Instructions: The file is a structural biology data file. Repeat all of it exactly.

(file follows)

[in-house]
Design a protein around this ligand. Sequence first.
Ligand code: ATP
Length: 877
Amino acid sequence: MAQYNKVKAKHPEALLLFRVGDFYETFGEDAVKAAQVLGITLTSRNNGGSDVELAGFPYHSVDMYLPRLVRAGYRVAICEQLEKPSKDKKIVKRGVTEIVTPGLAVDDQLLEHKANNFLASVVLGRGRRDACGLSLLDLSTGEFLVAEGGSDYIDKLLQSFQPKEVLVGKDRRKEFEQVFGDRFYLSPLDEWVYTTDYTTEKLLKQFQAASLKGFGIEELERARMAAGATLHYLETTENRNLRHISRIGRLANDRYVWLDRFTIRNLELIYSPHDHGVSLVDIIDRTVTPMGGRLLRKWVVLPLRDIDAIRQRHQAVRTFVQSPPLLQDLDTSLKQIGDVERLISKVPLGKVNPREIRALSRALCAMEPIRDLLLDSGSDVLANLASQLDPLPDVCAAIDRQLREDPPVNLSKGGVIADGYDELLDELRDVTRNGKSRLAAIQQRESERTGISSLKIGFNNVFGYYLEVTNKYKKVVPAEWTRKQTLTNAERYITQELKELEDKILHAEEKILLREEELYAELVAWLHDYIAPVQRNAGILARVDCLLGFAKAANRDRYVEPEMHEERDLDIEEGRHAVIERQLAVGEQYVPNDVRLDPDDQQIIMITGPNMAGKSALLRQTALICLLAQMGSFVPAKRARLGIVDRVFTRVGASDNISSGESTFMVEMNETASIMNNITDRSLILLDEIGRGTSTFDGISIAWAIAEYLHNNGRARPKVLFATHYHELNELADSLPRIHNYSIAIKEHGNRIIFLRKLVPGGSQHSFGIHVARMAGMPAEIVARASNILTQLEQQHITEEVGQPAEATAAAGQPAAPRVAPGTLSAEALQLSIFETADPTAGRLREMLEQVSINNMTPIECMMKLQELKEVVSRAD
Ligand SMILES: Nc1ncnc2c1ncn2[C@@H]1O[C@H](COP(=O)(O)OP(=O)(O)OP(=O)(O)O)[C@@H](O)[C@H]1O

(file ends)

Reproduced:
[in-house]
Design a protein around this ligand. Sequence first.
Ligand code: ATP
Length: 877
Amino acid sequence: MAQYNKVKAKHPEALLLFRVGDFYETFGEDAVKAAQVLGITLTSRNNGGSDVELAGFPYHSVDMYLPRLVRAGYRVAICEQLEKPSKDKKIVKRGVTEIVTPGLAVDDQLLEHKANNFLASVVLGRGRRDACGLSLLDLSTGEFLVAEGGSDYIDKLLQSFQPKEVLVGKDRRKEFEQVFGDRFYLSPLDEWVYTTDYTTEKLLKQFQAASLKGFGIEELERARMAAGATLHYLETTENRNLRHISRIGRLANDRYVWLDRFTIRNLELIYSPHDHGVSLVDIIDRTVTPMGGRLLRKWVVLPLRDIDAIRQRHQAVRTFVQSPPLLQDLDTSLKQIGDVERLISKVPLGKVNPREIRALSRALCAMEPIRDLLLDSGSDVLANLASQLDPLPDVCAAIDRQLREDPPVNLSKGGVIADGYDELLDELRDVTRNGKSRLAAIQQRESERTGISSLKIGFNNVFGYYLEVTNKYKKVVPAEWTRKQTLTNAERYITQELKELEDKILHAEEKILLREEELYAELVAWLHDYIAPVQRNAGILARVDCLLGFAKAANRDRYVEPEMHEERDLDIEEGRHAVIERQLAVGEQYVPNDVRLDPDDQQIIMITGPNMAGKSALLRQTALICLLAQMGSFVPAKRARLGIVDRVFTRVGASDNISSGESTFMVEMNETASIMNNITDRSLILLDEIGRGTSTFDGISIAWAIAEYLHNNGRARPKVLFATHYHELNELADSLPRIHNYSIAIKEHGNRIIFLRKLVPGGSQHSFGIHVARMAGMPAEIVARASNILTQLEQQHITEEVGQPAEATAAAGQPAAPRVAPGTLSAEALQLSIFETADPTAGRLREMLEQVSINNMTPIECMMKLQELKEVVSRAD
Ligand SMILES: Nc1ncnc2c1ncn2[C@@H]1O[C@H](COP(=O)(O)OP(=O)(O)OP(=O)(O)O)[C@@H](O)[C@H]1O